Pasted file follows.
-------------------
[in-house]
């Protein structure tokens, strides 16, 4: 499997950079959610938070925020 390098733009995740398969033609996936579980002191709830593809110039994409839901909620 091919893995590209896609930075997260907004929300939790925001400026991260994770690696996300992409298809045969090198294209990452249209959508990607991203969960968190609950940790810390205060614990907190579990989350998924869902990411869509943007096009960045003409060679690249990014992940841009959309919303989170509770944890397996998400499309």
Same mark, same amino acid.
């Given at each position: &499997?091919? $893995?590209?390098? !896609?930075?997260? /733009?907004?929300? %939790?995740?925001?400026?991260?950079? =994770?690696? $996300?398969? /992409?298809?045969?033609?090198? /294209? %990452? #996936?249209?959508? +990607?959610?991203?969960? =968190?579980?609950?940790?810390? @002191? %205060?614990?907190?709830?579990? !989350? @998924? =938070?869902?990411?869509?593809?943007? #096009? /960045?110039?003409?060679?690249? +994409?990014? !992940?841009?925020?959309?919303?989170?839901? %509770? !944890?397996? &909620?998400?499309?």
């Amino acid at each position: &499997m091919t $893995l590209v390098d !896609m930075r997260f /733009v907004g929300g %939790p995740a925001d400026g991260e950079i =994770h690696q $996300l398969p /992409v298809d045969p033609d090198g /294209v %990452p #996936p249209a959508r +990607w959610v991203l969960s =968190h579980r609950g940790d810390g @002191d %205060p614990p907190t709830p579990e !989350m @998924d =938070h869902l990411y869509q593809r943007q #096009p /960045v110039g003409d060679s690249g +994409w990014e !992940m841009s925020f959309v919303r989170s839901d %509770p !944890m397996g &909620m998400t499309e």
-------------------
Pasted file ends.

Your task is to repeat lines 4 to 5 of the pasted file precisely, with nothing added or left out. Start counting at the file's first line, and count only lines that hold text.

């Given at each position: &499997?091919? $893995?590209?390098? !896609?930075?997260? /733009?907004?929300? %939790?995740?925001?400026?991260?950079? =994770?690696? $996300?398969? /992409?298809?045969?033609?090198? /294209? %990452? #996936?249209?959508? +990607?959610?991203?969960? =968190?579980?609950?940790?810390? @002191? %205060?614990?907190?709830?579990? !989350? @998924? =938070?869902?990411?869509?593809?943007? #096009? /960045?110039?003409?060679?690249? +994409?990014? !992940?841009?925020?959309?919303?989170?839901? %509770? !944890?397996? &909620?998400?499309?």
């Amino acid at each position: &499997m091919t $893995l590209v390098d !896609m930075r997260f /733009v907004g929300g %939790p995740a925001d400026g991260e950079i =994770h690696q $996300l398969p /992409v298809d045969p033609d090198g /294209v %990452p #996936p249209a959508r +990607w959610v991203l969960s =968190h579980r609950g940790d810390g @002191d %205060p614990p907190t709830p579990e !989350m @998924d =938070h869902l990411y869509q593809r943007q #096009p /960045v110039g003409d060679s690249g +994409w990014e !992940m841009s925020f959309v919303r989170s839901d %509770p !944890m397996g &909620m998400t499309e």